Fearsome-Looking Terror Bird May Have Been Vegan
You can’t judge a book by it’s cover. In the same way, you can’t assume a large extinct bird with a huge beak was a terror-raising predator.
Scientists have judged the so-called Terror Bird (Gastornis, formerly Diatryma) by its large, sharp beak and two-meter height. They imagined it hunting down small mammals trying to evolve after the extinction of the dinosaurs some 55 to 40 million years ago. Science Daily said,
“The terror bird was thought to have used its huge beak to grab and break the neck of its prey, which is supported by biomechanical modelling of its bite force,” says Dr Thomas Tütken, from the University of Bonn. “It lived after the dinosaurs became extinct and at a time when mammals were at an early stage of evolution and relatively small; thus, the terror bird was though [sic] to have been a top predator at that time on land.”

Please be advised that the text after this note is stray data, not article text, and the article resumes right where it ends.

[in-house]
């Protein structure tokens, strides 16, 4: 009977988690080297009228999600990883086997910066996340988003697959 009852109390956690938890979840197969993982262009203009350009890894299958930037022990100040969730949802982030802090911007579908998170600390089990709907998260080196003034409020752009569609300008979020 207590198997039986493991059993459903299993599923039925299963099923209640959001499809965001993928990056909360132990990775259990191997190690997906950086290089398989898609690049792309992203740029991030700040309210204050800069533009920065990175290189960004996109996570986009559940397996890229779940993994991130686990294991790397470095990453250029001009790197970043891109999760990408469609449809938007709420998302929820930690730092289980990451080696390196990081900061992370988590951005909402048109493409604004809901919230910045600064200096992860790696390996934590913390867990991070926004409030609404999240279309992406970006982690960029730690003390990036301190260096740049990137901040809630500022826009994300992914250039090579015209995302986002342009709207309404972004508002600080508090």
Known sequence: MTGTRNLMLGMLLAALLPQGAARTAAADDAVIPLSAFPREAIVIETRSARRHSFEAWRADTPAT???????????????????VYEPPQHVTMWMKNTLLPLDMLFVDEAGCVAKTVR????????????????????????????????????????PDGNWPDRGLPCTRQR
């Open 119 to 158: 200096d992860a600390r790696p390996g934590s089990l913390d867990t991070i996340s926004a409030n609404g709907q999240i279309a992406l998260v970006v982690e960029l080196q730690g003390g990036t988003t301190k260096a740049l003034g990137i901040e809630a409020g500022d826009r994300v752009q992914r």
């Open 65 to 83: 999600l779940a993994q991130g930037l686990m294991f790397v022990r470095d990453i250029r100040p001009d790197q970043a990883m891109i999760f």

Now, however, a new study of its bones shows it was probably a herbivore. German scientists measured isotopes in the bones of a specimen and found that “the calcium isotope compositions of terror bird bones are similar to those of herbivorous mammals and dinosaurs and not carnivorous ones,” they announced at the Goldschmidt Conference in Florence Aug. 29. Additional work will be needed to confirm the new conclusion. Will it be renamed the Peace Bird?
This report about a German fossil concurs with one last year (11/23/12) based on evaluation of the beak, claws and legs of an American species. It’s an ongoing warning to avoid jumping to conclusions by initial impressions or preferences: as one scientist admitted last year, “Let’s be honest: scary, fierce meat-eaters attract a lot more attention than gentle herbivores.”